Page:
Kennedy did not roll back the Berlin Wall but he held on to West Berlin. By October 1962, when the “optimistic opportunist” in the Kremlin tried another coup by placing missiles on Cuba, the president knew he must resist, no matter the cost. The world held its breath. This time, it was Khrushchev who conceded.

Kennedy had learnt the necessary harsh truths about the burden of power in a nuclear age but he would die in November 1963 from an assassin’s bullet. Less than a year later, dogged by his failure in the Cuban missile crisis, Khrushchev succumbed to his enemies and was despatched into embittered retirement. For all the policy documents and crisis meetings and military briefings that crowd these pages, the genius at the heart of this gripping work resembles that of a play by Schiller or Shakespeare. Character as fate. And, for both leading actors, ending in tragedy.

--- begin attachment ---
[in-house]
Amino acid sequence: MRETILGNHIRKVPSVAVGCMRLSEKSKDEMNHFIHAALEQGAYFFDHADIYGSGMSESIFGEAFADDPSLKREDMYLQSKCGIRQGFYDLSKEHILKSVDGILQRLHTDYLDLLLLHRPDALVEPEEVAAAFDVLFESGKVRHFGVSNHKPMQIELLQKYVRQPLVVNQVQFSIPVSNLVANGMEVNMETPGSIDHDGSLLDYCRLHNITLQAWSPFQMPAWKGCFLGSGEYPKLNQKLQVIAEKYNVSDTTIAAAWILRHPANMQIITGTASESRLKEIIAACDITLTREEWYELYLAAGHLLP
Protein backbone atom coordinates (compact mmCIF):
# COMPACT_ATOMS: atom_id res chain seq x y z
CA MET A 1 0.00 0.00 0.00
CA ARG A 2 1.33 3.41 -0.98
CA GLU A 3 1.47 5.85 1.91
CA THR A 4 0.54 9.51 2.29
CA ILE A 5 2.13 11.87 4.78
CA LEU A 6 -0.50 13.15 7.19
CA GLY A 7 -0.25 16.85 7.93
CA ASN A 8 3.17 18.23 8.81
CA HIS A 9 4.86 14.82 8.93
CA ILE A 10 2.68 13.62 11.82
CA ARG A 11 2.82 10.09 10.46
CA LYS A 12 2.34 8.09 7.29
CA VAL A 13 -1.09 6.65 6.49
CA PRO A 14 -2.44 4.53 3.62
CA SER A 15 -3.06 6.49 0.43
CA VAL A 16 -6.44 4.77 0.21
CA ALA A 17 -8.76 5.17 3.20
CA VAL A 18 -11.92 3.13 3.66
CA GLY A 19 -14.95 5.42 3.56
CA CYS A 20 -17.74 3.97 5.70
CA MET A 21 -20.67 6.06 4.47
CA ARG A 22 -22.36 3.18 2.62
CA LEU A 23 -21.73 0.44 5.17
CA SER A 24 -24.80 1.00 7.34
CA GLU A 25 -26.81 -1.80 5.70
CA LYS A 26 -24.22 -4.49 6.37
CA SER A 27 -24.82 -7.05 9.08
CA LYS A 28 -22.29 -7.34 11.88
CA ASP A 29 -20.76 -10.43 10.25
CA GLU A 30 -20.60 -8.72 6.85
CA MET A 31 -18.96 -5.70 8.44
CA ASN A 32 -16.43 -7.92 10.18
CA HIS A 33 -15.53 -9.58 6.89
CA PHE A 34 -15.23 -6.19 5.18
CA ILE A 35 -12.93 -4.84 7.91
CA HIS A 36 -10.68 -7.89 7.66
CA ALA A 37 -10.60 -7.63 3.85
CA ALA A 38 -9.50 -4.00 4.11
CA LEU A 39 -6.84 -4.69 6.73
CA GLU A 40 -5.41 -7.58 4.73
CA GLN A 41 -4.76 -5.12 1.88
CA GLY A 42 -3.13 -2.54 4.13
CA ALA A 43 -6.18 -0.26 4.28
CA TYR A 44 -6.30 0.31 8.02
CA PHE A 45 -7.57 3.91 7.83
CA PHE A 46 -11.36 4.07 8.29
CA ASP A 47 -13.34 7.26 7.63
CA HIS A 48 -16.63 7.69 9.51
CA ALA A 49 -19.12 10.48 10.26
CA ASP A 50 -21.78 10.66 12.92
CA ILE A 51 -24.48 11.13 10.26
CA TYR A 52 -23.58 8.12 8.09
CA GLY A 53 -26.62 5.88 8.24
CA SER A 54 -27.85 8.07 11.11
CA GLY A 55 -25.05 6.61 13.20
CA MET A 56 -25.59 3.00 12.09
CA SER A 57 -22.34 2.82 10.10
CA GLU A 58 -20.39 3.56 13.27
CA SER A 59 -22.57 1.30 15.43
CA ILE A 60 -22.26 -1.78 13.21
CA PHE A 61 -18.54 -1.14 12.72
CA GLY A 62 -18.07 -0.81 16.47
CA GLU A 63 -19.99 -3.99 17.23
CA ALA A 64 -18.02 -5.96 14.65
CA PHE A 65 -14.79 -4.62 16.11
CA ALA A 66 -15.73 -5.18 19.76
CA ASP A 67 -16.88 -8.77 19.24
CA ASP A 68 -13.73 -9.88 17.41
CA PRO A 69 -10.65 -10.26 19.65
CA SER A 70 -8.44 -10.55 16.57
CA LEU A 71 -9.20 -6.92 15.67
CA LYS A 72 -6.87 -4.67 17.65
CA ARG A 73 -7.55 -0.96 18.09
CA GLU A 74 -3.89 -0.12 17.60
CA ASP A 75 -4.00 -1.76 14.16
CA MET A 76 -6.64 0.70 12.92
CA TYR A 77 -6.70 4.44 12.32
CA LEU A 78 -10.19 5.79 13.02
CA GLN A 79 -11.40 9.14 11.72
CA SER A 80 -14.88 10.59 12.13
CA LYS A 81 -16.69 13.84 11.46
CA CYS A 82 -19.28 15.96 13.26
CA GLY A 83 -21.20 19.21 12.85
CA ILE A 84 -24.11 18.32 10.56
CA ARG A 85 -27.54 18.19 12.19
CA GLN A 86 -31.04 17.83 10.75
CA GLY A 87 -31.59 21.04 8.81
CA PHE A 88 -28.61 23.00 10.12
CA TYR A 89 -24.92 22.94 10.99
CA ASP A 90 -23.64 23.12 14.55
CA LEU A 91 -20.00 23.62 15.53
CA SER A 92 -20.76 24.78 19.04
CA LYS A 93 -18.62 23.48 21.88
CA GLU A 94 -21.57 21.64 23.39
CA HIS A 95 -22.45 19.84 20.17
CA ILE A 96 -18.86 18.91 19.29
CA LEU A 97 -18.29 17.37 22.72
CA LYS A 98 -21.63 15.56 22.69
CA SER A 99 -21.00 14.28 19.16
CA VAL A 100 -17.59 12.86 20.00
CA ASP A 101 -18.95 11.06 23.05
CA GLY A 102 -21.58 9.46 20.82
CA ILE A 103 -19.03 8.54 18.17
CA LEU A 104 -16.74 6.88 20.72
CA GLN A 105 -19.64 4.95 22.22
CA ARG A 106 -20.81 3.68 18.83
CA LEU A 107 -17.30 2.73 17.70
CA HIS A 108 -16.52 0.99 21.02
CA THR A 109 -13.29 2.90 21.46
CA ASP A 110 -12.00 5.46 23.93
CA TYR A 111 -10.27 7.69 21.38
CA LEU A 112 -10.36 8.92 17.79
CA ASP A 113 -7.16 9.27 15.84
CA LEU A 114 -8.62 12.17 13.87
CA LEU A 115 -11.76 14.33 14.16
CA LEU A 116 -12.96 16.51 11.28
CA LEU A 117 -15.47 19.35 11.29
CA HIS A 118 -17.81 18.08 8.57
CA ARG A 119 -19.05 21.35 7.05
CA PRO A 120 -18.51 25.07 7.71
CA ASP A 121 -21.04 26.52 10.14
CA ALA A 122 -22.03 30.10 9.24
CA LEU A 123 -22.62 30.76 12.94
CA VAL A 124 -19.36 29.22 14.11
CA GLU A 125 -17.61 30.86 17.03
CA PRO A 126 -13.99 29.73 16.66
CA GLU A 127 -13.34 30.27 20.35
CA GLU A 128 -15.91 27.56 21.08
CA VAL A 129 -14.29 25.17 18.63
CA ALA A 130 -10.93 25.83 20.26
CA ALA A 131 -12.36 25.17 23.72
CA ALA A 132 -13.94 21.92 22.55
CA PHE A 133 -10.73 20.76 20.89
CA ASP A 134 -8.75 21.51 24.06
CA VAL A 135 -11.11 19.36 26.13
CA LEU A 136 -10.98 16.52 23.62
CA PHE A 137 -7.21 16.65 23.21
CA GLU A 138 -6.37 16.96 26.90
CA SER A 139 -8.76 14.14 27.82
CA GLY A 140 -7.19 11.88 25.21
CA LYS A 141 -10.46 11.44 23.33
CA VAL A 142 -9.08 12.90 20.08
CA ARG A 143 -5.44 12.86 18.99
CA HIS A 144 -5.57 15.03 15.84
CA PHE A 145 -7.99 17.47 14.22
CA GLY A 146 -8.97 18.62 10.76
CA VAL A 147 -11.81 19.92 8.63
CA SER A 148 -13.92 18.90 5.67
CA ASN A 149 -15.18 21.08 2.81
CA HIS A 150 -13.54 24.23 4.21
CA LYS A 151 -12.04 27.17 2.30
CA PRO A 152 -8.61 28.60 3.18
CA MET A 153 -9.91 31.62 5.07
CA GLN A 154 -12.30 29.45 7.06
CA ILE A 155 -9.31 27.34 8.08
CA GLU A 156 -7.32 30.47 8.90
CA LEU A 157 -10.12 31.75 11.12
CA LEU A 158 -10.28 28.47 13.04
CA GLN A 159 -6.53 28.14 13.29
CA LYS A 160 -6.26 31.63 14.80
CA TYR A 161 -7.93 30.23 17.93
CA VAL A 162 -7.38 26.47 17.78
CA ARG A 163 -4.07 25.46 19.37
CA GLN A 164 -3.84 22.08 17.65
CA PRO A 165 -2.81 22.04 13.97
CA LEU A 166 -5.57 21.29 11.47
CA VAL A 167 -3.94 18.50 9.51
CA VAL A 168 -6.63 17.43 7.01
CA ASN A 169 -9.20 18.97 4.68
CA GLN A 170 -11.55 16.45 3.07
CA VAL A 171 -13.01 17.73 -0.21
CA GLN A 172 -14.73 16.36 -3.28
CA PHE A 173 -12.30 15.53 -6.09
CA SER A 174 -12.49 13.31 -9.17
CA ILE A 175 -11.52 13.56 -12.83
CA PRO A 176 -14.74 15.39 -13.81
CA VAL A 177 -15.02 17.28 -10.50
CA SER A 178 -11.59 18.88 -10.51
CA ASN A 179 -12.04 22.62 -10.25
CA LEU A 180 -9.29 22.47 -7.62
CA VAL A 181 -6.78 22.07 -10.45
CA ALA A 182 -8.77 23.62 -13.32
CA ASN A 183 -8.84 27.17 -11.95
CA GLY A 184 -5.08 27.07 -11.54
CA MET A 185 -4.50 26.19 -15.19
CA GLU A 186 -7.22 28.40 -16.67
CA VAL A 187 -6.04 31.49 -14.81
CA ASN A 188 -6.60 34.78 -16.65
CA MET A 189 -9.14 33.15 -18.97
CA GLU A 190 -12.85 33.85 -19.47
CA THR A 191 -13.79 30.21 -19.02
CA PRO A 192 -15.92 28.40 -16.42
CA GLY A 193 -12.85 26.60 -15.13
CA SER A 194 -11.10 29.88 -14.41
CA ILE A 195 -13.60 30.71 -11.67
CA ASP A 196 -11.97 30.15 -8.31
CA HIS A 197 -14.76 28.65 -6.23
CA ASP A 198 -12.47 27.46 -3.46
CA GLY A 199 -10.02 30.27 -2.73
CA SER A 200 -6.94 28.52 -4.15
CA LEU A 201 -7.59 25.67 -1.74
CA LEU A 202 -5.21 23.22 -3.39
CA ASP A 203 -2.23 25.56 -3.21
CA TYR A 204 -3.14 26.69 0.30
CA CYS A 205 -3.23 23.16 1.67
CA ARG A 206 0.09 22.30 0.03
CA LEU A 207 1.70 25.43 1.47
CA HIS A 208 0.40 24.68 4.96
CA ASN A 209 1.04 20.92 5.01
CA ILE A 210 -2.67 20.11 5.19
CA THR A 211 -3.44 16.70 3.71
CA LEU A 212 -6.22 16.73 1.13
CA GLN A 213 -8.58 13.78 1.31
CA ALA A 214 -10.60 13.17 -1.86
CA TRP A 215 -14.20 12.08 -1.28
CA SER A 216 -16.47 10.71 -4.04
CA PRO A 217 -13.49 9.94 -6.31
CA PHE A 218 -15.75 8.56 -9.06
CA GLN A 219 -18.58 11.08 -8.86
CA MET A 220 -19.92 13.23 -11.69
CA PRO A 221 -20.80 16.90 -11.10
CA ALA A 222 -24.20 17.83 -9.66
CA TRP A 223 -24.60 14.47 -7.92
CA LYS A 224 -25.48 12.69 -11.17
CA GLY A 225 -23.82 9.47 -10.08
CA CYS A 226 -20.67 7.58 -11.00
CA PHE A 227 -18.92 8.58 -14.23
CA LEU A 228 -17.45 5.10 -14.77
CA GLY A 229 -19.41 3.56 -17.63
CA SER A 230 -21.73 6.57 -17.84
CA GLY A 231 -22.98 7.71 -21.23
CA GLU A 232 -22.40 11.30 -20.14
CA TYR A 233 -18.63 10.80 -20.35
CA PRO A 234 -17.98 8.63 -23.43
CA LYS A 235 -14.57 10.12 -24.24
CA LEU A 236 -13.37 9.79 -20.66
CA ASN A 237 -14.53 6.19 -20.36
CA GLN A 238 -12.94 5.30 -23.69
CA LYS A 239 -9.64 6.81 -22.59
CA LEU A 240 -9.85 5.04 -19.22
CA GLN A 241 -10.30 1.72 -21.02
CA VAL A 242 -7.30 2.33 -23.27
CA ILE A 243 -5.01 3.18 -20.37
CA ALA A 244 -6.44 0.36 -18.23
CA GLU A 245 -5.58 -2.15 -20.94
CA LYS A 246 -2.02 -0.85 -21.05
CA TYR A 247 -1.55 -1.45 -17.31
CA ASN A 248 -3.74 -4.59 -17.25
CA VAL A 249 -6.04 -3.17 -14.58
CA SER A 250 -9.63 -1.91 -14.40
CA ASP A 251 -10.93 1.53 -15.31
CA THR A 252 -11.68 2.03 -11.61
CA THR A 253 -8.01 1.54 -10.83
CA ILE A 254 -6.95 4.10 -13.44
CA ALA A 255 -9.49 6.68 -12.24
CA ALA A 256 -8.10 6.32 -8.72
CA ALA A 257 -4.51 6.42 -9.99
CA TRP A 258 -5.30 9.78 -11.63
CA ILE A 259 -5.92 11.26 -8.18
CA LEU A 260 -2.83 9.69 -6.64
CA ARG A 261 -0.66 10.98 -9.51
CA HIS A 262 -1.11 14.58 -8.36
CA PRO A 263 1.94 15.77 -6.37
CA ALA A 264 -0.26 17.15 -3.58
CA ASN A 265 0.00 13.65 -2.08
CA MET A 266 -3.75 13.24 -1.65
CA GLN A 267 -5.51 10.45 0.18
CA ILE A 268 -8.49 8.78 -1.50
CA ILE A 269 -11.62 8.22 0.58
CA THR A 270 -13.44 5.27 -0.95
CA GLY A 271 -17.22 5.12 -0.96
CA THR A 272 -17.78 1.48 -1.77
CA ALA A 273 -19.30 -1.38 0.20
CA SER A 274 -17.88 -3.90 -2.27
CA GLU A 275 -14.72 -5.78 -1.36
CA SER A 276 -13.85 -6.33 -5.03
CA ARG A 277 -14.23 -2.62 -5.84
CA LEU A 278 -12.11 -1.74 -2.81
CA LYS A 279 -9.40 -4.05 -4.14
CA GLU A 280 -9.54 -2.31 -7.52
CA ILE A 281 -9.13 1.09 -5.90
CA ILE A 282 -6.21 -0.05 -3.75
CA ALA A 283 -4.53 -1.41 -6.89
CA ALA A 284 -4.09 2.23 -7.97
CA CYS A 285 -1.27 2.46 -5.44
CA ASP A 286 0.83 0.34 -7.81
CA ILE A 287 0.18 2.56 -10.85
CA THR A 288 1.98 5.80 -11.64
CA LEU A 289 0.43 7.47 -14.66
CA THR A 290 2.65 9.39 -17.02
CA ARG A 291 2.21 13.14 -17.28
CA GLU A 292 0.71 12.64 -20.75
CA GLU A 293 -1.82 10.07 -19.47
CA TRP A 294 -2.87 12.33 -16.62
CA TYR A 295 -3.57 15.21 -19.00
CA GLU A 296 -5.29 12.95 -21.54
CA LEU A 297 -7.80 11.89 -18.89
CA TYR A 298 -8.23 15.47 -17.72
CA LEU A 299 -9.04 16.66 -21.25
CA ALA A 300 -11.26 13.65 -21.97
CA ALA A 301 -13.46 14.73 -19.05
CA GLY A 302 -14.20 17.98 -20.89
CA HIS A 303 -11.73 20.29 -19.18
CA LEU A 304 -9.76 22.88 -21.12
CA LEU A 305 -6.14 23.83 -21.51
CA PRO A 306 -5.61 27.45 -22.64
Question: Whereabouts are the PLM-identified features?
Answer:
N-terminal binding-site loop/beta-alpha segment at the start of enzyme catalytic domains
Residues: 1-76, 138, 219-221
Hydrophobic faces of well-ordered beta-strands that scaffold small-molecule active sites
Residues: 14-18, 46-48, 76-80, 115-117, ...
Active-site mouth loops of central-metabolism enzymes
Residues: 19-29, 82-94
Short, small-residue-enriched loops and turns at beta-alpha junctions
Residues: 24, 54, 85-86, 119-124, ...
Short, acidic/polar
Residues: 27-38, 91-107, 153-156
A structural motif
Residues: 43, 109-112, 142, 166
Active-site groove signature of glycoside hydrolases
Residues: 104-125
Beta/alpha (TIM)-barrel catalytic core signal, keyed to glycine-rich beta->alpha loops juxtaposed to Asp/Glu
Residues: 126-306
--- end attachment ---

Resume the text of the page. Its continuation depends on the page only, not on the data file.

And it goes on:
Frederick Taylor is author of ‘The Berlin Wall’. His latest book is ‘Exorcising Hitler: The Occupation and Denazification of Germany’ (Bloomsbury)